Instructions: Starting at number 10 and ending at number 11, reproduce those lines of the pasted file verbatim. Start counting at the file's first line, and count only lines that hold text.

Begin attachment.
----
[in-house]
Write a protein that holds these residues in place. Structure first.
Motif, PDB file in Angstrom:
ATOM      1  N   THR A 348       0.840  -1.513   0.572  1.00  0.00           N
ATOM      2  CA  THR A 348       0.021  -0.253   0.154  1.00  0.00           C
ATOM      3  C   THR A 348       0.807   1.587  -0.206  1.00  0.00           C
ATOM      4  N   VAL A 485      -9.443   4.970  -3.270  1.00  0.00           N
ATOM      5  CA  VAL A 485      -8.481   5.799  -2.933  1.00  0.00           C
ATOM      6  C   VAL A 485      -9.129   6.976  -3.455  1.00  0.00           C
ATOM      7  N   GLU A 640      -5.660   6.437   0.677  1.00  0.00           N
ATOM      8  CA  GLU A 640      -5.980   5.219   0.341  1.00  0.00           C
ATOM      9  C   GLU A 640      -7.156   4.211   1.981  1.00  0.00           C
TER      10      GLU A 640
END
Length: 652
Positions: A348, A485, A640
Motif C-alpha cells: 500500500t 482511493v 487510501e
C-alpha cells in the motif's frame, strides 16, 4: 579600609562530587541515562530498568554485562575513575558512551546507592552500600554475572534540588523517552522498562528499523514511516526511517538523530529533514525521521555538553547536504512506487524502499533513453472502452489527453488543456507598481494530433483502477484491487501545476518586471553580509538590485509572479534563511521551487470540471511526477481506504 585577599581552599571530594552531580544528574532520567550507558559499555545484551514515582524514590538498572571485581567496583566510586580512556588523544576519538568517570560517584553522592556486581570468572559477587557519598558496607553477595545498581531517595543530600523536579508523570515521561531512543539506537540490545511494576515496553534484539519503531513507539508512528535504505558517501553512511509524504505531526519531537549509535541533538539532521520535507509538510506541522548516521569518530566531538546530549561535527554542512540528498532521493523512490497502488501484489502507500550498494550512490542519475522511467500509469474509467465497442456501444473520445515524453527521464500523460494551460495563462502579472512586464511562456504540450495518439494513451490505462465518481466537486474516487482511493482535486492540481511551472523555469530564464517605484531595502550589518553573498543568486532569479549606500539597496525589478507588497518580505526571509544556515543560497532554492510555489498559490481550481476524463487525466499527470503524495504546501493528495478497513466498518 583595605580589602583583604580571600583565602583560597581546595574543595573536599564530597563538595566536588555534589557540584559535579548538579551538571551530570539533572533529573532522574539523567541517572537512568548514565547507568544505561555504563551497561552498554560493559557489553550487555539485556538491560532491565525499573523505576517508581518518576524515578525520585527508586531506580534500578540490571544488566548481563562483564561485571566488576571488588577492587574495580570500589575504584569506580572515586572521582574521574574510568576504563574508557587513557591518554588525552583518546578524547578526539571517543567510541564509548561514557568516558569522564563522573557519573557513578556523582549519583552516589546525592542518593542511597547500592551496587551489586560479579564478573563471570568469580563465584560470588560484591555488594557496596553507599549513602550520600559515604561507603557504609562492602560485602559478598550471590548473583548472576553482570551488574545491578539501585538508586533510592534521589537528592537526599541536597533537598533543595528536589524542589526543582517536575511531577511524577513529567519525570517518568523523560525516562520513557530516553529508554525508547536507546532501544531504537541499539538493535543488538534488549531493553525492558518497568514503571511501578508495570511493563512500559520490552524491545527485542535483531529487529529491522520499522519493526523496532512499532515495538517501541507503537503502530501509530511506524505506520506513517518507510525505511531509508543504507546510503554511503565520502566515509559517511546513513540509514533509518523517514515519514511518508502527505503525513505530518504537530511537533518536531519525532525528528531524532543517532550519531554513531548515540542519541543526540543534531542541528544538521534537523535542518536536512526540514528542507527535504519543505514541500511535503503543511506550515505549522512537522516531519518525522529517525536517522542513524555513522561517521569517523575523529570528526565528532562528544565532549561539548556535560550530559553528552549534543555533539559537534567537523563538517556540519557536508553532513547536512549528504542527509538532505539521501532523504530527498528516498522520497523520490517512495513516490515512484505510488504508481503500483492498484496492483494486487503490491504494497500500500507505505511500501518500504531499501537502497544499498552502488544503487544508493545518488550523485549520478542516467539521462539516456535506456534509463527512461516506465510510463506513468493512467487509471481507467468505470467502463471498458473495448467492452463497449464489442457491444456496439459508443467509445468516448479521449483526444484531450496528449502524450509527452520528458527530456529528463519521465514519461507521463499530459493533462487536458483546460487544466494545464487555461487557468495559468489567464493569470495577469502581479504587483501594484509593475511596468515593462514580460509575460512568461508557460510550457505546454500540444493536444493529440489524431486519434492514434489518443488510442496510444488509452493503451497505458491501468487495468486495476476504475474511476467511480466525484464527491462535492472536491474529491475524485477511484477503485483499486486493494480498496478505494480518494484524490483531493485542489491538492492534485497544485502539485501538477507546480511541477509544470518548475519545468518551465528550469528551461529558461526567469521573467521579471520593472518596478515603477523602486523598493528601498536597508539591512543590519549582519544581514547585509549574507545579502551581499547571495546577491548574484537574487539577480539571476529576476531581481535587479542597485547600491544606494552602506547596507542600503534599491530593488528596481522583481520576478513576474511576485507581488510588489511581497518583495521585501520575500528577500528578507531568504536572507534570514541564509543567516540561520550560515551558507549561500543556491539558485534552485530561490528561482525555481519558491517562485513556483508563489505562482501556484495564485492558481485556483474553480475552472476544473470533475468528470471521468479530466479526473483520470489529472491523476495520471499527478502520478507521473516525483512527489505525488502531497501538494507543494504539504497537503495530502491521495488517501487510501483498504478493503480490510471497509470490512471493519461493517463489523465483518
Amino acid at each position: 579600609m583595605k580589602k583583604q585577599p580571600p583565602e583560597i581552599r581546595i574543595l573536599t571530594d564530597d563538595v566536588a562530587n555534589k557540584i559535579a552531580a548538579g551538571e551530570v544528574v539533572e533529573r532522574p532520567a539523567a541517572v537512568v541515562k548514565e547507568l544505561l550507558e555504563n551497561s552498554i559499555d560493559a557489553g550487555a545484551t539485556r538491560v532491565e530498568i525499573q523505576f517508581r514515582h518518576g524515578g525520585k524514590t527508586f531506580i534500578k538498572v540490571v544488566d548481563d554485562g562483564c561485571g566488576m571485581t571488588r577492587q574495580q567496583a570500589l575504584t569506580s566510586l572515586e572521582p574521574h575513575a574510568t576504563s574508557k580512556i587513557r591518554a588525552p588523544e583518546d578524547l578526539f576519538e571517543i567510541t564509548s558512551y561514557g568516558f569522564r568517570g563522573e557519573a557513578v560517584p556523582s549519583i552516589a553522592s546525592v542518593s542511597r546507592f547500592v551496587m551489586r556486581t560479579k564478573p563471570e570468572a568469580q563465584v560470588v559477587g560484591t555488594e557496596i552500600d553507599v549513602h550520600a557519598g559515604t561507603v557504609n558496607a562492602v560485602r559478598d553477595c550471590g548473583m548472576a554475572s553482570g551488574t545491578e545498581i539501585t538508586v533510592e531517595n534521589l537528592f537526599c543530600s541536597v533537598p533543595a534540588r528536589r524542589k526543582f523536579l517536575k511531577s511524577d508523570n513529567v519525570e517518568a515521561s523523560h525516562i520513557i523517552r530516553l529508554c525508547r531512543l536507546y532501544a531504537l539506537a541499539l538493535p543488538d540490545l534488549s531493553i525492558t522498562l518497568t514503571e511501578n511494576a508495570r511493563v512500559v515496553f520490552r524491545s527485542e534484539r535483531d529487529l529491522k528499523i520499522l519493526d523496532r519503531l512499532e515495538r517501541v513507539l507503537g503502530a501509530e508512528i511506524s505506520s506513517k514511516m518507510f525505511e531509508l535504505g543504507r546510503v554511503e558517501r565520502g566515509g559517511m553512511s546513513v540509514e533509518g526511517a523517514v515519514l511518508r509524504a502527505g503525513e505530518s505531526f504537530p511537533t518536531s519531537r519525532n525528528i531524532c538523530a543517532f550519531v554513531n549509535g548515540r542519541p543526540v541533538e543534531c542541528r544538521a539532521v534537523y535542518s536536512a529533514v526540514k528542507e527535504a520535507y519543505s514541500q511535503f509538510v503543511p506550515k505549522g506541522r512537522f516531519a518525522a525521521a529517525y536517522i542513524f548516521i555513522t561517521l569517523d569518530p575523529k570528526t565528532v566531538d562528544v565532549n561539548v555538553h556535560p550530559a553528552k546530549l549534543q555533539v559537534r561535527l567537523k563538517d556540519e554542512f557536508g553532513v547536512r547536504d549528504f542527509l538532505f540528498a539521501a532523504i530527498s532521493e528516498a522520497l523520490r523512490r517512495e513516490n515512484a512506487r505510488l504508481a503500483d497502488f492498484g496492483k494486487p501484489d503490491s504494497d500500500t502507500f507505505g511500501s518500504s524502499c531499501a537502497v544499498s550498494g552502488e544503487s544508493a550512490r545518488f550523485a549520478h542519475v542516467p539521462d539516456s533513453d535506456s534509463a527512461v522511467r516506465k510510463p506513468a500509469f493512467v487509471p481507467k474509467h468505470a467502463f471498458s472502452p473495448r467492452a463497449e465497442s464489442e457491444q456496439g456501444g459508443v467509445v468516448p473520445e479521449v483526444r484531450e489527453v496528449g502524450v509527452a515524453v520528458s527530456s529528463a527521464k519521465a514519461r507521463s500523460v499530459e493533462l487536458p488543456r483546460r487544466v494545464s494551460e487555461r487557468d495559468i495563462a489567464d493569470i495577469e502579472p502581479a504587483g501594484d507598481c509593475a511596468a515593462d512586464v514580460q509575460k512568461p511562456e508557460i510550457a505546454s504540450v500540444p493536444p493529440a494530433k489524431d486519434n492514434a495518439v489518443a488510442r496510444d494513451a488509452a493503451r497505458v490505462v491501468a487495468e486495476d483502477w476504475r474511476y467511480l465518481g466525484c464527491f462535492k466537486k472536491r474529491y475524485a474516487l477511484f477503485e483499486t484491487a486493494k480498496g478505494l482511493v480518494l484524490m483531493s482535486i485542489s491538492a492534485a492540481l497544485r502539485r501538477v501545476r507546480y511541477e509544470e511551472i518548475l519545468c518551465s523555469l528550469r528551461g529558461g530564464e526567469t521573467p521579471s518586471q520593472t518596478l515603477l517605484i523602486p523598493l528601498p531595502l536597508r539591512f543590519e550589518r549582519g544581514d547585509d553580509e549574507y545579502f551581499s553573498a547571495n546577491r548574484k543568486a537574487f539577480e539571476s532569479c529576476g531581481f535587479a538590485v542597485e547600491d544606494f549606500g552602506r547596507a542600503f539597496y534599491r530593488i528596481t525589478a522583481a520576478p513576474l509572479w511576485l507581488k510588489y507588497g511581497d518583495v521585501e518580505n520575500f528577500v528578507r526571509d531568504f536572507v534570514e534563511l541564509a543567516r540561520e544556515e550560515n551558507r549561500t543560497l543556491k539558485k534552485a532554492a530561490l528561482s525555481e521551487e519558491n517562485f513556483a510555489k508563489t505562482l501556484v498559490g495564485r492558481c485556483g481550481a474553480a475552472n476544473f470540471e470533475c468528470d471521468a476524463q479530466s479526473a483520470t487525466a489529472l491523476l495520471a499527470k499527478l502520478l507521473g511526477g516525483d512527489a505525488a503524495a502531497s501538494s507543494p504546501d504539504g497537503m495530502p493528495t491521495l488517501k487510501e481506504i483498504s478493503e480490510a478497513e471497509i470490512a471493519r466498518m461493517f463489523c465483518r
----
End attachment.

ATOM      7  N   GLU A 640      -5.660   6.437   0.677  1.00  0.00           N
ATOM      8  CA  GLU A 640      -5.980   5.219   0.341  1.00  0.00           C